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A victory for abortion rights

By Elizabeth Schulte | November 10, 2006 | Page 7

IN SOUTH Dakota, pro-choice forces scored a much-awaited victory for women's rights when voters passed a referendum overturning a nearly all-out state ban on abortions.

The referendum, which passed by a double-digit margin, puts a stop to legislation passed in March that bars doctors from performing abortions, even if the health of the woman is in danger. Abortion rights activists responded by getting a referendum on the ballot that would block the new law, collecting 38,000 signatures, more than two times the amount they needed.

For abortion opponents, the South Dakota law represented a bold new step in their crusade against reproductive freedom--a full-frontal attack on Roe v. Wade, the 1973 Supreme Court decision that made abortion legal in the U.S. The law's backers hoped the Supreme Court would use it to overturn Roe, sending the decision on whether abortion would be legal to individual states.

Up until this time, abortion opponents have been successful passing laws restricting access to abortion--for example, parental consent laws, mandatory waiting periods, and bans on certain types of procedures, such as late-term abortions. Since Henry Hyde, the renowned anti-choice and soon-to-be-retired Republican congressman from Illinois, sponsored legislation in 1976 barring poor women from receiving Medicaid-funded abortions, the Religious Right have gone after abortion access one piece at a time.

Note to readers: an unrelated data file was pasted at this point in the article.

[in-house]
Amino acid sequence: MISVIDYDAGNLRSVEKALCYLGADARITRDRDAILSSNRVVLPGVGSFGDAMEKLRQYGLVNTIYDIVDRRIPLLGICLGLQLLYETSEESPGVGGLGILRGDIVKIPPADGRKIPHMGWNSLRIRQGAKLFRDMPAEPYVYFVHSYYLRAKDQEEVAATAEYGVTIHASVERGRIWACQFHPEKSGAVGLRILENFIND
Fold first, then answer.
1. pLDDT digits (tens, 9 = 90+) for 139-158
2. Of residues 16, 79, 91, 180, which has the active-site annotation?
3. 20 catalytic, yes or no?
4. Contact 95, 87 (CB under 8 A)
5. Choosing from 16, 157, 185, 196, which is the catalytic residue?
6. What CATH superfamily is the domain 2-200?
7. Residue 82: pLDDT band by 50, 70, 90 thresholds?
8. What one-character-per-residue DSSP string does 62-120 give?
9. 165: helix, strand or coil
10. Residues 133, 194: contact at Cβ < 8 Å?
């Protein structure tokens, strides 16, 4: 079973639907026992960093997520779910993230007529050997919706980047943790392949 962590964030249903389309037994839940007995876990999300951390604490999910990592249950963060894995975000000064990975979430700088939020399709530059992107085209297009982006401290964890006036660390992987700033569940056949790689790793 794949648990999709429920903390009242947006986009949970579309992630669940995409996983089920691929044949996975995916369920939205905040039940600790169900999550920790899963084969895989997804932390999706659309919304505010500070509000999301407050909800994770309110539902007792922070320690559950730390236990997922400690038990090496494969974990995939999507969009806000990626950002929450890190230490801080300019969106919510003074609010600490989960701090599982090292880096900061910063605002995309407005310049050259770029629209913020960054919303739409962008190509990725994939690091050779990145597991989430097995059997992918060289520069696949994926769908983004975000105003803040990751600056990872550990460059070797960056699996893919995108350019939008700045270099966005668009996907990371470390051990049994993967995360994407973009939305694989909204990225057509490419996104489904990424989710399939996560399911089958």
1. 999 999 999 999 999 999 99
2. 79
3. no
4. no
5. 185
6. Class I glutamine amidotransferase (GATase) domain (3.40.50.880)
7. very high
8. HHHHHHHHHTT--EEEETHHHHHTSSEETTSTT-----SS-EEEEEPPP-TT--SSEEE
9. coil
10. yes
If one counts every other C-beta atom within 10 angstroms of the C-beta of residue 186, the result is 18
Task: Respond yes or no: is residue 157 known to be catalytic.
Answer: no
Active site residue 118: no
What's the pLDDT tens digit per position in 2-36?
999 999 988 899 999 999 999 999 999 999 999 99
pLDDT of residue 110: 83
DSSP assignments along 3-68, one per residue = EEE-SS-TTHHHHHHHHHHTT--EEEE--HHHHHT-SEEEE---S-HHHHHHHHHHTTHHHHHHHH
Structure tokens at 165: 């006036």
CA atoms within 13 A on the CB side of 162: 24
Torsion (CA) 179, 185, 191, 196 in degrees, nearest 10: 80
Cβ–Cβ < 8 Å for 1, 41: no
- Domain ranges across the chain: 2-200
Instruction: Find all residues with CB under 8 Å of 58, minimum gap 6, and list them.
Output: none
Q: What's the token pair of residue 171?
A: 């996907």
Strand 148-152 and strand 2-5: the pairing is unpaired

Today, every state has some restriction that obstructs a woman from exercising her legal right to obtain an abortion. For example, South Dakota has a 24-hour waiting period and mandatory counseling, which means that it is already close to impossible to get an abortion from the one clinic in the state that provides them just one day a week.

With the defeat of the right wing's attempt at an all-out ban, abortion rights supporters have set the stage for a stronger, more confident defense of abortion rights.

The battle is likely not over in South Dakota, with anti-choice forces set on passing a ban. The next one could be a "more reasonable" version that includes an exception for rape, incest and the health of the woman. Abortion rights supporters will have to be more determined and activist than their right-wing opponents--and oppose every ban and every restriction.

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